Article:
Some Escondido mothers who are the parents of medically fragile children are working with a researcher from UCLA on a Photovoice project that will be unveiled June 20 online.
The project involves several San Diego based moms of medically fragile kids. Rady’s Children hospital is involved with this as well and nearly all of the participants in the study live in San Diego County.
They have put together a virtual event on that date that they want local residents to attend.
The invitation to the virtual event “What would I do to take away your pain?” was created by Jesse Van Leeuwen and other moms. She is the mom of 6-year-old-Nora. She told The Times-Advocate, “Our study utilizes PhotoVoice to gain a better understanding of how mothers navigate the day- to- day psychological, social, and physical realities of having a child with medical complexities.”
According to Wikipedia: “Photovoice is a qualitative method used in community-based participatory research to document and reflect reality. … Participants are asked to express their points of view or represent their communities by photographing scenes that highlight research themes.”
Van Leeuwen is a writer, campaign manager for the “The Moms We Love Club,” and a mother of two: Nora, 5 and Everett, 3. She recalls, “At 3 months old, my daughter, Nora, was diagnosed with a rare form of epilepsy —Aicardi Syndrome. When we brought her home from the PICU, I began writing about my family’s day- to- day journey with chronic illness.”
She continued, “Story- telling has been one way I have been able to invite my family, friends, and extended community into the beautiful chaos that is our life with medical complexities. I am a part of this study (as a co- creator and participant), because I believe the world needs more real shares. Real shares build compassion, understanding and connection — especially within tangible communities of people. I am excited to share my perspective through PhotoVoice, because I recognize there is a lack of knowledge, and resources, for mothers of children with medical complexities. I’m hoping, together, we can work towards changing that.”
The purpose of the study is “to give mothers of children with medical complexities a strong voice by highlighting the experiences of a small, collaborative, group of women.”
The findings of this project will (eventually) be presented at the Rady Research Symposium as Dr. Lesser, Nora’s pulmonologist, has agreed to sponsor the six mothers’ involvement.
The women will use visual arts to share their stories and decide, together, what ought to be done to improve the condition of their lives — their children’s lives.
Our hope is that the women who participate in this study will leave feeling empowered and know that their voices can make change— that their opinions matter — not just in the life of their child with medical complexities, but also in the lives of all children with medical complexities. This women working together will create and share action items for the local healthcare community and the complex systems and organizations that serve their families.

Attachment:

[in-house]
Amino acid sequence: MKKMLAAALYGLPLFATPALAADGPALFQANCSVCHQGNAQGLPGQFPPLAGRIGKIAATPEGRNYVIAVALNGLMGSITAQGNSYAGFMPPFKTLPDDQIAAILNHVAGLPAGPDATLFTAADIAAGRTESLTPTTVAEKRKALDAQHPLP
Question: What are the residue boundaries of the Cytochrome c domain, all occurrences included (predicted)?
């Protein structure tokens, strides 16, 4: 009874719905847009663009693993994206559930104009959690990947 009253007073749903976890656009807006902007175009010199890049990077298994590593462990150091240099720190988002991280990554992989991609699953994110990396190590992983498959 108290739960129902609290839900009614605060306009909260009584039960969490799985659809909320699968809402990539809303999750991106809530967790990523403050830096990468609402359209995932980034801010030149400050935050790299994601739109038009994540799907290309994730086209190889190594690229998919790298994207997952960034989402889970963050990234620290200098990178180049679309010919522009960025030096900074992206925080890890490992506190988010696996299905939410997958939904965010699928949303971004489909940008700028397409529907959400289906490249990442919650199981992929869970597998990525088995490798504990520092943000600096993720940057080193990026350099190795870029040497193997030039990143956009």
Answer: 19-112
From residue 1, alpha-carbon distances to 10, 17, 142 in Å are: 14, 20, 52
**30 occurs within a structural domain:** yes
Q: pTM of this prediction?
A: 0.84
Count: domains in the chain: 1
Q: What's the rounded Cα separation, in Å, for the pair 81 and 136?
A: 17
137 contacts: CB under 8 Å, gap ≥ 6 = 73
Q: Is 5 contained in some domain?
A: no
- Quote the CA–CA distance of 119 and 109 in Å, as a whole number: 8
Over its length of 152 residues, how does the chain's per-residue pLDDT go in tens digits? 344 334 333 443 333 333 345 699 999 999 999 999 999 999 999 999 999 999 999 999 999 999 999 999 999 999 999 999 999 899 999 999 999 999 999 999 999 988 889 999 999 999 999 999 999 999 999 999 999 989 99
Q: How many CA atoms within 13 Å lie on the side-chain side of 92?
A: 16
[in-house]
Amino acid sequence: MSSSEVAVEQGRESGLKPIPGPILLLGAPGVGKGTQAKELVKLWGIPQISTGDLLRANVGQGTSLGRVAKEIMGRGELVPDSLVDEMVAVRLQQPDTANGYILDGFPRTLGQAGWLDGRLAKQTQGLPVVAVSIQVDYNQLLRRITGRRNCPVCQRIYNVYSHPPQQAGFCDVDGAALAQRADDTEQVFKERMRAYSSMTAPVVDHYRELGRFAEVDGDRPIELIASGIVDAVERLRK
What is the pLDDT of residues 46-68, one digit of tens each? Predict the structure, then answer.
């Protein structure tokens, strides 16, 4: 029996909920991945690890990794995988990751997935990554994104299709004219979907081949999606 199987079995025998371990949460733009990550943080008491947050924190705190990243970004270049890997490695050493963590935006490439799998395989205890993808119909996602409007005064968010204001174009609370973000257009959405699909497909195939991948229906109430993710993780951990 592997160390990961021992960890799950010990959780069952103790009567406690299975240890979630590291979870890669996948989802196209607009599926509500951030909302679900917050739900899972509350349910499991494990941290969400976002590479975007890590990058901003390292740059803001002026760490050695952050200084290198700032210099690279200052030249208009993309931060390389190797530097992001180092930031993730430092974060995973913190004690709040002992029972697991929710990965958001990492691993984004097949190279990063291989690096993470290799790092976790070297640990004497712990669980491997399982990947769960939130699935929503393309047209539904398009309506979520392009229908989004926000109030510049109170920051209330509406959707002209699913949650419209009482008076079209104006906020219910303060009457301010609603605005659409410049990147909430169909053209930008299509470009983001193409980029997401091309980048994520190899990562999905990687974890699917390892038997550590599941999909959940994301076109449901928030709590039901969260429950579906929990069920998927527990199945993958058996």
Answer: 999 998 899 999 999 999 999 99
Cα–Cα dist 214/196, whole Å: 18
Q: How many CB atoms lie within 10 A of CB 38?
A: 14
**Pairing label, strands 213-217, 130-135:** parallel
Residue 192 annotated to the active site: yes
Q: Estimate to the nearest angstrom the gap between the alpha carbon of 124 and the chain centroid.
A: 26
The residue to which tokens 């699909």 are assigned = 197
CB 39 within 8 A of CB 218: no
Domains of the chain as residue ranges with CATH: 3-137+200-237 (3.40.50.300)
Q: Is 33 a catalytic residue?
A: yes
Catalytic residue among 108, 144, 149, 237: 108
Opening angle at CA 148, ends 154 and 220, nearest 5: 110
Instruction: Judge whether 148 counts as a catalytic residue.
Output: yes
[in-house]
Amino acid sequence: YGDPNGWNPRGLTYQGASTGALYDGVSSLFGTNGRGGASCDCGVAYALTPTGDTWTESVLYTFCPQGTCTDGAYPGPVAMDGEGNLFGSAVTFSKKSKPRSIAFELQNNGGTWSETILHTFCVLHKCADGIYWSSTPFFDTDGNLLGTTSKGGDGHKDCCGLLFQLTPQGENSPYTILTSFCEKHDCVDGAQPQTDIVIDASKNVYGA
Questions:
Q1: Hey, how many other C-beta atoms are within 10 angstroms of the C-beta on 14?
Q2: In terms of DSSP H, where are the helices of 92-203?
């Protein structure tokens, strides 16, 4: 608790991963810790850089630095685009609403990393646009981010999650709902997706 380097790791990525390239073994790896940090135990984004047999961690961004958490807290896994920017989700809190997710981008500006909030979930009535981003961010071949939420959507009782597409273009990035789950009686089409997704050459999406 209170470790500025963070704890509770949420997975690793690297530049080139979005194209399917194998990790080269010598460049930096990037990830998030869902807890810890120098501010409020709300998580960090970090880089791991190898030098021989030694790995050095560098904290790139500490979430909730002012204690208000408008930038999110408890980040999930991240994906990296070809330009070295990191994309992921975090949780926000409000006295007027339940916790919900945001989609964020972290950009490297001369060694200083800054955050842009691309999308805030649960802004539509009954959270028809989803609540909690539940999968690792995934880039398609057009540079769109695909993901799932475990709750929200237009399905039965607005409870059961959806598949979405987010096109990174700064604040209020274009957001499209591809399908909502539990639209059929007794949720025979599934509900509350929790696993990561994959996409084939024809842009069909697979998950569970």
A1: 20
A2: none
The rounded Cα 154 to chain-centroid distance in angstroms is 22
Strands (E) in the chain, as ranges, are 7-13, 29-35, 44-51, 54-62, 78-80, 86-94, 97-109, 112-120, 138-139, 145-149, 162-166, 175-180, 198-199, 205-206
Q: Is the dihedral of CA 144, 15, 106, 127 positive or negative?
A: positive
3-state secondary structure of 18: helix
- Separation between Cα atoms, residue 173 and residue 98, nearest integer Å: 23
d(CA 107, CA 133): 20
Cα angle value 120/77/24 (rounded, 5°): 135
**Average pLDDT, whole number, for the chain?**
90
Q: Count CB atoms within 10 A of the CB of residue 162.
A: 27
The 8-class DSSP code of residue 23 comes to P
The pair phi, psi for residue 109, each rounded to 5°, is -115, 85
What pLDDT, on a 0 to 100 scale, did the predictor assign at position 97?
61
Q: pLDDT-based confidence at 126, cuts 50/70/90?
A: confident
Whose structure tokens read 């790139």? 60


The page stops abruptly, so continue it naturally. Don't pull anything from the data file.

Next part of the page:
According to the project’s website: “They will share their action items, photographs and narratives, and ultimately, their collective voice, through a community art gallery — a gallery intended to expand humanity’s capacity for empathy — a gallery where everyone has a seat at the table.”
The six moms and a researcher will (virtually) welcome you into their lives and the work they have done this last year.
They write: “To introduce you to each mother and their children on this project, we will send Tuesday Event Briefings. In each of these briefings, a mother will share her medical motherhood origin story. We encourage you to engage with each mother’s story by reading her words, and allowing yourself to see the world through her eyes. As you reflect on each woman’s story, we encourage you to assume the role of researcher by submitting questions for our event Q & A. We look forward to meeting you!”
On June 20, 2020 six mothers of children with medical complexities will welcome you into their lives through photography and perspective sharing. This is Rachel’s story: “Jacob seemed to be struggling for breath from the time he was born. My husband and I questioned his work of breathing while I was still on the surgery gurney. Doctors and nurses brushed it off as amniotic fluid and commented on his ‘cute snorts.’ I assumed the medical professionals were correct, but my husband was less confident and asked anyone who entered our hospital room if Jacob’s breathing was normal.
“As Jacob’s breathing became noisier our concern heightened, until finally, a medical assistant offered to monitor his breathing so we could rest. When she placed an oxygen monitor on his tiny foot, it showed he was desatting within 70% ranges.”
Late that night Jacob and Rachel’s husband were whisked to the NICU (Neonatal Intensive Care Unit). Rachel woke up on day three after giving birth alone and confused in a hospital room. Jacob was transferred to Children’s Hospital where tests revealed he had a rare midline birth defect that affects his upper respiratory anatomy called SMMCI. Rachel recalls, “This was only the beginning of Jacob’s life-altering diagnoses but it was our starting point in becoming parents to a child with medical complexities.”
Questions for Rachel, or the project’s panel of mothers, can be emailed to the project’s researcher, Melanie Sonsteng-Person at firstname.lastname@example.org. Anyone reading this is encouraged to invite friends or members of their professional community to RSVP to this virtual event through eventbrite (tinyurl.com/heartofmotherhood).
To learn more, visit the Two Moms & A Researcher website www.melaniesonsteng.com/two-moms-a-researcher.
Two Moms & A Researcher Project Website: